Hymns originates from a late nineties collaboration between writer Chris O’Connell, and renowned physical theatre companies Frantic Assembly and DV8. Frantic Assembly initiated the devising process in response to the startling statistics surrounding the number of young men committing suicide. The four male characters in Hymns come together in the aftermath of the suicide of a friend, living out their grief and testing the limits of their friendships; all while confined by a framework of masculinity which shapes their every response. As they struggle to find the words to express their suffering, physicality takes over as the means to communicate the cauldron of emotions and feelings triggered by the suicide – sorrow, anger, guilt and accusations of blame all coming bubbling to the surface as they throw themselves around the stage.
Anyone who has seen the work of Frantic Assembly and DV8 will know this is a huge challenge for a student cast and director to take on, let alone a group with no training in physical theatre or dance. The results are mixed – in the strongest sections, there are impressive feats of physicality and some moving performances by each of the four “hims”. There are excellent renditions of Frantic Assembly’s “Chair Duets”, and clever uses of some Berkovian slow-motion action. However much of the first half of the production suffers from a lack of cohesion, and there is a distinct sense of trying to do too much – the writing of “unspoken” words on the floor in chalk seems like an interesting exercise best left in the rehearsal room, and a fight sequence using Capoeira moves does not need the addition of a strobe light to be effective. The constant movement of furniture and numerous lighting changes feel clunky and interrupt any sense of pace or flow.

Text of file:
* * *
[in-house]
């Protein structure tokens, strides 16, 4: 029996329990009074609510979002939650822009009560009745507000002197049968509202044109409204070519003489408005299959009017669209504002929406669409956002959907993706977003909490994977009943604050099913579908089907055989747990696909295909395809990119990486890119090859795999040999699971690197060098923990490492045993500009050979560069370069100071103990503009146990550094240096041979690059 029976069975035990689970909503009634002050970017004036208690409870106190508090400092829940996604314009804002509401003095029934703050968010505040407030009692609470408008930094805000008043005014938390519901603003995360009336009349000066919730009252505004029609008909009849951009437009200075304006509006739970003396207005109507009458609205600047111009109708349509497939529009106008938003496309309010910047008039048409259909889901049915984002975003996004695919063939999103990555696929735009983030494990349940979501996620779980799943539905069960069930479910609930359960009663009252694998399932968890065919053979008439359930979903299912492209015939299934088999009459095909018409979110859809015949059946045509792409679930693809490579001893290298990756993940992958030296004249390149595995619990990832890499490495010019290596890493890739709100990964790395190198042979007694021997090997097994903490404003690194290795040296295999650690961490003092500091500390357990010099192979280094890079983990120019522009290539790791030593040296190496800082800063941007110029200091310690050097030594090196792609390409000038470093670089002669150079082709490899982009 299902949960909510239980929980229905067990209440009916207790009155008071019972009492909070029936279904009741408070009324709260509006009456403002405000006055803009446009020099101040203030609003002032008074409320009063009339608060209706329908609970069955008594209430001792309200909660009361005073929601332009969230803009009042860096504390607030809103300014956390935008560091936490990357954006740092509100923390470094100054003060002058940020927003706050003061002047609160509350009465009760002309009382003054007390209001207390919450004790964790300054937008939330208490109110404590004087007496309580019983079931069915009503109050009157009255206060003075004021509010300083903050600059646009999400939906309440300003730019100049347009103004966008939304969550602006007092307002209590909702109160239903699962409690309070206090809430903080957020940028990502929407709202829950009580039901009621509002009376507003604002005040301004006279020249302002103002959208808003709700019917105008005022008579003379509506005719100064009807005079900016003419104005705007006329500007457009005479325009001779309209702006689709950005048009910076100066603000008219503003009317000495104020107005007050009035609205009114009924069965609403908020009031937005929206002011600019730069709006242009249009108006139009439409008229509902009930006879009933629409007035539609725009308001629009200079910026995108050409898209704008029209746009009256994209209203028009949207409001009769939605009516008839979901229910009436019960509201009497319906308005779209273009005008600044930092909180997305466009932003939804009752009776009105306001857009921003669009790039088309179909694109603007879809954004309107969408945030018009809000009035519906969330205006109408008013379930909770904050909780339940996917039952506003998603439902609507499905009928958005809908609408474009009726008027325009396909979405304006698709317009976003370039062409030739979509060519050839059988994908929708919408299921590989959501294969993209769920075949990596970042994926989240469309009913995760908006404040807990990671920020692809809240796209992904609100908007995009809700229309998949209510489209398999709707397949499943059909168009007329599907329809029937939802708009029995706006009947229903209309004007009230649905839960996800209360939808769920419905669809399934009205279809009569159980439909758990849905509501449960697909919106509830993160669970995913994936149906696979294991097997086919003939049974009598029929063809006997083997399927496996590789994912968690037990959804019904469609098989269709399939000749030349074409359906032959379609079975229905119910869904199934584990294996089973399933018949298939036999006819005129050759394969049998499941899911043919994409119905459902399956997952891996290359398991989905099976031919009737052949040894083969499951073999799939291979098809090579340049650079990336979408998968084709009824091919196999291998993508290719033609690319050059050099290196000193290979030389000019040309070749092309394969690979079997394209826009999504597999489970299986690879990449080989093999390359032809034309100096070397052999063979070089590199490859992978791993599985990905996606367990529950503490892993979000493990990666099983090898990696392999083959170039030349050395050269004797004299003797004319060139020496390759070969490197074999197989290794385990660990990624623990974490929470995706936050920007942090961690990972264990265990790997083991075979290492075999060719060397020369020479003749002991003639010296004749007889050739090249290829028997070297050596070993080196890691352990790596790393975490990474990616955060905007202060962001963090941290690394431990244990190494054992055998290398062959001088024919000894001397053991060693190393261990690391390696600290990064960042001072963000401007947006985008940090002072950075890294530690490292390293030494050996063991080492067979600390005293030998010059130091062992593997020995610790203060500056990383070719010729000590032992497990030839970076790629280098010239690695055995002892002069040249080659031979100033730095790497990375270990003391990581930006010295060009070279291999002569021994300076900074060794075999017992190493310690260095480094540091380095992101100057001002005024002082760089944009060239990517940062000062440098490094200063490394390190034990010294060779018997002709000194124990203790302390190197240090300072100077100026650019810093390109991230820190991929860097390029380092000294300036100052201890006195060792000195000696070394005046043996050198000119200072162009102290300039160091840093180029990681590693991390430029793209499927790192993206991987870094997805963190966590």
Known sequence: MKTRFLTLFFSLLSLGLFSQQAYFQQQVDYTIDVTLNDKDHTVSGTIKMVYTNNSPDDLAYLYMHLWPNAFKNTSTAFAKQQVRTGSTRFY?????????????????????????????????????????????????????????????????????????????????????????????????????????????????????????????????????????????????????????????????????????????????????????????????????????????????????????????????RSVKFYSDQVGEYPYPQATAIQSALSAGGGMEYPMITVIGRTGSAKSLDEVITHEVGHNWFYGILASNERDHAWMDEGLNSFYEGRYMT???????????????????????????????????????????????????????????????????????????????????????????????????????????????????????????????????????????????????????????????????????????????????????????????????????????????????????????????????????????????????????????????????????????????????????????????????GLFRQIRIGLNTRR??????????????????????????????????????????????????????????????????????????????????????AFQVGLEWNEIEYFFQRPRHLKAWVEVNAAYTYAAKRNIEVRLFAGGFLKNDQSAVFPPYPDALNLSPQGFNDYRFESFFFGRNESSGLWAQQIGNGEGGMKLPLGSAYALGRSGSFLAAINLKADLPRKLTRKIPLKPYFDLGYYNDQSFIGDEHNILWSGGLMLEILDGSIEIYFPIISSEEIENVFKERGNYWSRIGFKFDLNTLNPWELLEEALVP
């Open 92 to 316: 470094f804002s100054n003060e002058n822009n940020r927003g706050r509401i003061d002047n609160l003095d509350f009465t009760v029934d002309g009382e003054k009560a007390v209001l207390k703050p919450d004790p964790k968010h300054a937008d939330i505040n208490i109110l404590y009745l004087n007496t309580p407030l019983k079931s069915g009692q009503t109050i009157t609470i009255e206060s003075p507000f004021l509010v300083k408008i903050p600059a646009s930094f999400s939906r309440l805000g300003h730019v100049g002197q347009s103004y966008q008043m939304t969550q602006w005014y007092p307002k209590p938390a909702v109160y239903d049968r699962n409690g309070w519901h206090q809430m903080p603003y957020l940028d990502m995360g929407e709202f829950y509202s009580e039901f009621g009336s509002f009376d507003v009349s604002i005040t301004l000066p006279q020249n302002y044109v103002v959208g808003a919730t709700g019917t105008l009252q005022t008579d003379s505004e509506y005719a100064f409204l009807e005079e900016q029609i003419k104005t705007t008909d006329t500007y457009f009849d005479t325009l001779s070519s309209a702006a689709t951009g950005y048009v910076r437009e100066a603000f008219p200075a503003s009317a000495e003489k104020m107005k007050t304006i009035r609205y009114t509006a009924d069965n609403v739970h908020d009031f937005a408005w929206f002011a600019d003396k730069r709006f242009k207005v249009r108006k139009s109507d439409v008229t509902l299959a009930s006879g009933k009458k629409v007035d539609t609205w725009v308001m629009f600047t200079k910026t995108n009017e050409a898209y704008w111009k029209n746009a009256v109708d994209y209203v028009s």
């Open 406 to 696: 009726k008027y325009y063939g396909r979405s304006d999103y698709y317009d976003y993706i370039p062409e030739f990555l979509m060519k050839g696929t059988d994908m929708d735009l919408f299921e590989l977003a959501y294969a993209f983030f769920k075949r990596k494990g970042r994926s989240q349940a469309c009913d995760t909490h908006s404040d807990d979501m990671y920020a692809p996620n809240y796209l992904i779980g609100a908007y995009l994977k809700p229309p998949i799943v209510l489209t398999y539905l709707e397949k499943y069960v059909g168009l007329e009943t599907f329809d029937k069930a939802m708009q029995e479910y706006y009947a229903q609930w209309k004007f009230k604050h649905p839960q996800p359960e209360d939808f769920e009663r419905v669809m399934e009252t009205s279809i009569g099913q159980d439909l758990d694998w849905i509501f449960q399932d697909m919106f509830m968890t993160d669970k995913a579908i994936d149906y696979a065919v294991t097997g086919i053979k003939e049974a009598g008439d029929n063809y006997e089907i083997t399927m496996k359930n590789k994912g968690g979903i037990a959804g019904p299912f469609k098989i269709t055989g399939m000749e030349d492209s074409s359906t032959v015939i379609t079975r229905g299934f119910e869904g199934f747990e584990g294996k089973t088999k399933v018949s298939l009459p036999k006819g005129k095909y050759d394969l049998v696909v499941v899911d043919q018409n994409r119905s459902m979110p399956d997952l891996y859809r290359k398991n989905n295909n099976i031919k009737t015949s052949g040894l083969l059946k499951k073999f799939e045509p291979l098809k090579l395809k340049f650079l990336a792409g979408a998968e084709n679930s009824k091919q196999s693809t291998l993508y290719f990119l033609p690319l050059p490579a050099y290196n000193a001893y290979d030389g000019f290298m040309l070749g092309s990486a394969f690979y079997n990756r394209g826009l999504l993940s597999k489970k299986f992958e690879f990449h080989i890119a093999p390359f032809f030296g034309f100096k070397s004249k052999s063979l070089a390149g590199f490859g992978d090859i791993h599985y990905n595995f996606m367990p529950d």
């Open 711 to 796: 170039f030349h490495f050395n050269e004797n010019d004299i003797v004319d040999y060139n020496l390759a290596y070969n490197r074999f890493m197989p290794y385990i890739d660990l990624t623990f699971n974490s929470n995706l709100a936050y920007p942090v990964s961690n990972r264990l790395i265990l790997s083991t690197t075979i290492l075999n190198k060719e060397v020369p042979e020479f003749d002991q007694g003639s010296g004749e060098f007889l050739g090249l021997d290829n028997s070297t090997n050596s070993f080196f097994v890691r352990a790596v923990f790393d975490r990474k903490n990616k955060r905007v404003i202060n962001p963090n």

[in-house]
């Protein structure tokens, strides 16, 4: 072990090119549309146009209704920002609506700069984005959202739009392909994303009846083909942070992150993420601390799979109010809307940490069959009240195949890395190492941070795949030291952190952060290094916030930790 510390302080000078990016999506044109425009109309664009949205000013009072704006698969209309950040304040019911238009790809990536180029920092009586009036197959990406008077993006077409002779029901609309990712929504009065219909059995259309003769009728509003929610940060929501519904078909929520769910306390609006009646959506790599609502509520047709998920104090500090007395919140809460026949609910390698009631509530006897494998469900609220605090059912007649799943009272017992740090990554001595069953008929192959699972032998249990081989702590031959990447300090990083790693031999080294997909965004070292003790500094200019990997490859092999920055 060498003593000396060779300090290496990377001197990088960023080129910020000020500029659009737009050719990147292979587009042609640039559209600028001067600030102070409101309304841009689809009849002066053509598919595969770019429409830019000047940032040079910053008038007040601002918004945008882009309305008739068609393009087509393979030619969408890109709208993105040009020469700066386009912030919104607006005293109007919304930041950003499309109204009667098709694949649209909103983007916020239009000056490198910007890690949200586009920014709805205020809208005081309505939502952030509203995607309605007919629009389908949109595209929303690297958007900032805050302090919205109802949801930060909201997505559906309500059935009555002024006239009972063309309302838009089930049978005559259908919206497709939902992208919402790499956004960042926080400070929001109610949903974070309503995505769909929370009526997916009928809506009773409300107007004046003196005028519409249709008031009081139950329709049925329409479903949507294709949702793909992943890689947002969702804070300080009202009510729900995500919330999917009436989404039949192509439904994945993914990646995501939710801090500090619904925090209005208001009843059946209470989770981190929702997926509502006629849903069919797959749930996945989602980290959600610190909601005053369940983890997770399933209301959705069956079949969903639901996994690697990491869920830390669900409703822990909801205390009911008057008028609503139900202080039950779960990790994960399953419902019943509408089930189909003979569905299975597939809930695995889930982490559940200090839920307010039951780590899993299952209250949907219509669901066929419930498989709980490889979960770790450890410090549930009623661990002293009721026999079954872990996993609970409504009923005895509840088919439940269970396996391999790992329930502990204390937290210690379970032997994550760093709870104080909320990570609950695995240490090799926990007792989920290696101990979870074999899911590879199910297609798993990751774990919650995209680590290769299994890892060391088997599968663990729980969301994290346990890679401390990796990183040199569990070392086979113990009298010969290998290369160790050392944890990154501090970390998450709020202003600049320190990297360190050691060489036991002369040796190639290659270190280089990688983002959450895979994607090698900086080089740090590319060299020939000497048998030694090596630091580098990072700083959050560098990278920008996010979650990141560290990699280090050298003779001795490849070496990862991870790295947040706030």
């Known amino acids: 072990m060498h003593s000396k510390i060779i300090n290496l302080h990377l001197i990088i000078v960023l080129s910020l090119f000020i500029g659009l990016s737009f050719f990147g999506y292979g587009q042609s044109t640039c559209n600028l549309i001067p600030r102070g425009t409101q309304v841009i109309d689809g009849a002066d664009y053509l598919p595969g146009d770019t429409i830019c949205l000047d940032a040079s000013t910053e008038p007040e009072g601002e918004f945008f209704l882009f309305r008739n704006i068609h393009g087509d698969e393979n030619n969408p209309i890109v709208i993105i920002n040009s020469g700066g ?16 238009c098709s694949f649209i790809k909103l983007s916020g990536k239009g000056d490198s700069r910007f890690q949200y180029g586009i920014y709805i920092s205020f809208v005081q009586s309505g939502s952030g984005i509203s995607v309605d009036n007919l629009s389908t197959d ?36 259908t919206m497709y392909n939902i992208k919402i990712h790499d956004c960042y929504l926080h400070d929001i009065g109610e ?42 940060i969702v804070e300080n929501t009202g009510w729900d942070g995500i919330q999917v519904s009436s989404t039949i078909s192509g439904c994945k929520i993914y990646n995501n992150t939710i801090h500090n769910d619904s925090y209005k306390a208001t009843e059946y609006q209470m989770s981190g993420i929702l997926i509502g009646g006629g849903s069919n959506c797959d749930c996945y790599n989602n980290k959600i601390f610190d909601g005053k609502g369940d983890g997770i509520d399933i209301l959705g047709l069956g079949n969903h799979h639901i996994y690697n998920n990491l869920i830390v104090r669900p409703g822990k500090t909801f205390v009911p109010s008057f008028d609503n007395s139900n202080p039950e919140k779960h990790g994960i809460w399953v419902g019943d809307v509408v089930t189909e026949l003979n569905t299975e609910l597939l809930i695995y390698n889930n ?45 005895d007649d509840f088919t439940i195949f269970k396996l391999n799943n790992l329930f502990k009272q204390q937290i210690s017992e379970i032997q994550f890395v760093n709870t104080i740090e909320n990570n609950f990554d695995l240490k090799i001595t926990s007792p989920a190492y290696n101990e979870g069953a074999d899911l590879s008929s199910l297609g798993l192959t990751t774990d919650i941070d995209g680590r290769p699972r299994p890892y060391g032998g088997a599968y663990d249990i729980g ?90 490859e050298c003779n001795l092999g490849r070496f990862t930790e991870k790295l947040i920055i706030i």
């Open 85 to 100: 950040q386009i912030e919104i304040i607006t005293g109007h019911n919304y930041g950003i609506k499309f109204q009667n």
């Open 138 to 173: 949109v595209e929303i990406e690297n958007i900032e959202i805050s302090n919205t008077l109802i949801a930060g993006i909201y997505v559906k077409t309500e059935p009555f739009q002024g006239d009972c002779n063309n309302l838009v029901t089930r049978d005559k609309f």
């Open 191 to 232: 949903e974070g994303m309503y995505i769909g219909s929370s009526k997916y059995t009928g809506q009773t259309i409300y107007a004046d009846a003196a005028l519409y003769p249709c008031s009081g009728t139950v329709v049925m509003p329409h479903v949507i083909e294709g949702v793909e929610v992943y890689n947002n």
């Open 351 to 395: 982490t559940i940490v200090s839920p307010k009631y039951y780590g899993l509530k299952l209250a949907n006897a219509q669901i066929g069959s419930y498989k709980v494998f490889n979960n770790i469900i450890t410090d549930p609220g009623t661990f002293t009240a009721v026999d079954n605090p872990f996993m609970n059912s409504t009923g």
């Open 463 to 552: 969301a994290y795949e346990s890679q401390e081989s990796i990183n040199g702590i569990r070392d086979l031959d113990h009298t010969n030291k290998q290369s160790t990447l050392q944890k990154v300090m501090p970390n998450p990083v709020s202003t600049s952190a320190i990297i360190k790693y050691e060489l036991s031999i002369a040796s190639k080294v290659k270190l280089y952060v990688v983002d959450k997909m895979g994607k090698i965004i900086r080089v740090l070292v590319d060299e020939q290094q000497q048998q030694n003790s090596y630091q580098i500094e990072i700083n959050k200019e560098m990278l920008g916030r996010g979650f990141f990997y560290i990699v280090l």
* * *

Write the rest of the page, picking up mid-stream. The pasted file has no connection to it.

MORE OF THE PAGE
The latter half of the play is stronger – there are far more moments where the text, physical storytelling and design come together in balance, and we witness the impetus for each stylistic physical movement in the thoughts and speech of the characters, rather than seeing actors concentrating on getting the steps right, or all putting their chairs down at the same time. As the four men circle and prod each other, the conflict between the desire to “just talk” and need to stay within the confines of conventional male conversation – cars, football, and women – builds, and eventually leads to revelations from each character. Scott (Sam Warren) is excellent as the member of the group who has moved away and feels most under pressure to resist opening up– despite the fact his need to maintain his version of masculinity may have played a role in his friend’s death. His monologue describing how he heard the news of the death is particularly poignant, as we observe his discomfort when the cracks begin to open to expose his vulnerability. Sam Hayward is also strong as Simon, struggling to find his voice and communicate his grief within the confines of his lower status position as the group’s joker. The cast as a whole are a talented ensemble, bringing focused energy to a play which thoughtfully examines four young men’s grief and their struggle to express it.
Reviewed for Left Lion